Kevin James’ Sean Payton movie brings the sexism, but not the funny

When I was in college in New York, I had a part-time job as a receptionist at the Plaza Hotel’s beautiful hair salon. On weekends and a few days a week after class, I would take the subway down to Columbus Circle, walk down Central Park South, and spend hours ringing up the luxury services enjoyed by the wealthiest people in New York.

Roger Goodell was one of them. He’d come in once in a while for an expensive haircut.

As a 20-year-old college student, years away from even realizing that working in sports was my dream, I knew who the commissioner of the NFL was.

So why doesn’t Chloe Fineman’s character in the new Kevin James movie?

In the film’s trailer, the SNL comedian players James’ assistant. Six seconds in, she enters the room and tells James, who plays New Orleans Saints head coach Sean Payton, that a “Mr. Goo-dall” is on the phone. James asks, “Roger Goodell? The commissioner?” and Fineman’s character innocently replies, “He didn’t say what his job was.”

Come on.

In mere seconds, Fineman’s character (no disrespect to the talented comic) is typecast as a dumb blonde who knows nothing about the industry in which she works. The direction is egregious, as they even have her mispronouncing the name of the man she technically works for, but somehow doesn’t know.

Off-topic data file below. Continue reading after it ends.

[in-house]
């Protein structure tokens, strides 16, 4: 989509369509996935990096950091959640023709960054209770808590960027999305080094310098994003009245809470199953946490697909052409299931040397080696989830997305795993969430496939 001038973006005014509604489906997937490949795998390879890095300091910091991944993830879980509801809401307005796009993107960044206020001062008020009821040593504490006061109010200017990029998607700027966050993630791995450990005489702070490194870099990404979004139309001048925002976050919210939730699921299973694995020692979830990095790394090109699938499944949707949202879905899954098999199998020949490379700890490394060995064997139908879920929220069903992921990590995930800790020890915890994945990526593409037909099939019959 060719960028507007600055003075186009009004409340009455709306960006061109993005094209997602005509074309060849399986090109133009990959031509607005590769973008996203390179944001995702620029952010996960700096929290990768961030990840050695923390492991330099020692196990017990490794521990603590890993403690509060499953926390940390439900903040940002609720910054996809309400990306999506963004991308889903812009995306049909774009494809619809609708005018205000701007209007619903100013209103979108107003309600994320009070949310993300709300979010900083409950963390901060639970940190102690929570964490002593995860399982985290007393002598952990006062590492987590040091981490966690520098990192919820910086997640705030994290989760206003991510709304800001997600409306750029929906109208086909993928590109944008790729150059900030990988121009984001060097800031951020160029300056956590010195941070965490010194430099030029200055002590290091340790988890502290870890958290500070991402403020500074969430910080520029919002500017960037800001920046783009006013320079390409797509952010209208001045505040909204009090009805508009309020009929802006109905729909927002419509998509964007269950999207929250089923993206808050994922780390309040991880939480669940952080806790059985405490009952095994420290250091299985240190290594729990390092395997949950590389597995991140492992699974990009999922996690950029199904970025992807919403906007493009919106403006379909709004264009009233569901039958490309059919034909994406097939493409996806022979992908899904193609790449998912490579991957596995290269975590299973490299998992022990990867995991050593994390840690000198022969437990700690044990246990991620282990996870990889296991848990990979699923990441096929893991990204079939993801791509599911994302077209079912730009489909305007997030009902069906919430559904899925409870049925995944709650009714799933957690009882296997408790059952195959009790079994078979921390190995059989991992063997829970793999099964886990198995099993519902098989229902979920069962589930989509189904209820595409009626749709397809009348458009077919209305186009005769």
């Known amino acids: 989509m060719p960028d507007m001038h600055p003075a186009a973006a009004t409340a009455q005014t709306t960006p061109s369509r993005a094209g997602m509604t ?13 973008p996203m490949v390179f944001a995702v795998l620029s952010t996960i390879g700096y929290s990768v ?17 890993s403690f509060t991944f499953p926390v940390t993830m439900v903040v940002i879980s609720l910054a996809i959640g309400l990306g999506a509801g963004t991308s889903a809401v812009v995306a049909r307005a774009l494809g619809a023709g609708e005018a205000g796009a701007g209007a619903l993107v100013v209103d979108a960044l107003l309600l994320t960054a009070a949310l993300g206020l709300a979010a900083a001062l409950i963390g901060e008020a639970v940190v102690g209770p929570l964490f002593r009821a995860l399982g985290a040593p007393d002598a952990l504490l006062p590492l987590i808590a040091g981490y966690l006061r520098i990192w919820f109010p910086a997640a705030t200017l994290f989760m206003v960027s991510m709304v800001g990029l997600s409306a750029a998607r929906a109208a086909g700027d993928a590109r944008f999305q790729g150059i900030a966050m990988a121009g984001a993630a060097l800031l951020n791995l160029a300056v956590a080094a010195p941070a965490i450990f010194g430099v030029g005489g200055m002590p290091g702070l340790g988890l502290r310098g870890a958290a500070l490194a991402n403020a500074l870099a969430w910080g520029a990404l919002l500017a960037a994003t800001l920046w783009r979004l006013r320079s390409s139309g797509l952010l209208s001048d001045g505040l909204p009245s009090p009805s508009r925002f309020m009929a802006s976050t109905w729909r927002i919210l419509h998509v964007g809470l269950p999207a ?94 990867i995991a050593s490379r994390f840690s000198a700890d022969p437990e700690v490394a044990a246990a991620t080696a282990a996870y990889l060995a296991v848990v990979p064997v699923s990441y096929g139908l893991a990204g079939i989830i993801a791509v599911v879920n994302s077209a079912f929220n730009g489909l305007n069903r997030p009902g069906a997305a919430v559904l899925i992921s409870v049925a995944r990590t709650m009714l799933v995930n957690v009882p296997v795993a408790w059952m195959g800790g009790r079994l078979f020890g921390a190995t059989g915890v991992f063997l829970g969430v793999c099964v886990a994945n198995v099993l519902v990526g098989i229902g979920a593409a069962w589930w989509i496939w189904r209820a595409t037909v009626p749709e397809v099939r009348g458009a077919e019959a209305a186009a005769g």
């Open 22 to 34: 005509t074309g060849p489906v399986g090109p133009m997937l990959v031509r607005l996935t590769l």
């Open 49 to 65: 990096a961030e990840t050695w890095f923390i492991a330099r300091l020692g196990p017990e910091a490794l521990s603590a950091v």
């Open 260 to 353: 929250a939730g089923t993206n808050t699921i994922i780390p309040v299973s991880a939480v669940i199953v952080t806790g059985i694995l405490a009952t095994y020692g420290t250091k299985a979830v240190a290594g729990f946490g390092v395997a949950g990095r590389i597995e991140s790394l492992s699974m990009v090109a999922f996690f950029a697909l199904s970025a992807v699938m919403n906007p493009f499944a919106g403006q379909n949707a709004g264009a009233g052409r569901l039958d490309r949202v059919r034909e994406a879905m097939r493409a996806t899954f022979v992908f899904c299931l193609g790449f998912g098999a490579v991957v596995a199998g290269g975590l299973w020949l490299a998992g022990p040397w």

But more importantly, this brief interaction displays a completely unrealistic situation. There is no universe in which any person employed by an NFL team doesn’t know who Goodell is. As a woman whose sports knowledge is questioned almost weekly, I know firsthand that a woman would never be hired to such a position without being put through the wringer first. Men in sports (even regular fans) playing “Stump the girl” is an even older tradition than James making terrible movies.

I’m not foolish enough to believe that a James movie is accurate, well-written, or funny. A joke that centers on a woman not knowing sports proves that. His films’ writers always for cheap laughs, but this time, they do so at the expense of women in sports. It’s tired and tacky.

An entire piece devoted to this dreck would, at the outset, seem like an overreaction. But it’s more about what Fineman’s character represents in a greater sense. This moment, however brief it was, sets women back. And when I, fellow women in sports, and even supportive men complained about this on social media, it only evidenced that claim. So many men told us that we couldn’t take a joke. What they didn’t seem to realize is that in doing so, they were admitting that they find sexism funny.

Women in sports aren’t a punchline. We have to work harder just to get interviews, jobs, and promotions in this industry, and we’re often belittled at every step of the way. Miami Marlins GM Kim Ng was more qualified than dozens of male candidates, and it took her 15 years of interviews to get the job. Every woman I know in this industry has at least one story of sexism, or worse, sexual harassment.

When I decided that I wanted to work in this industry, my father gave me some tough love. He told me, “You’ll have to work 160% as hard to seem as prepared as a man who works 60%.” He was right on the money.

Kevin James should work harder to find the funny.

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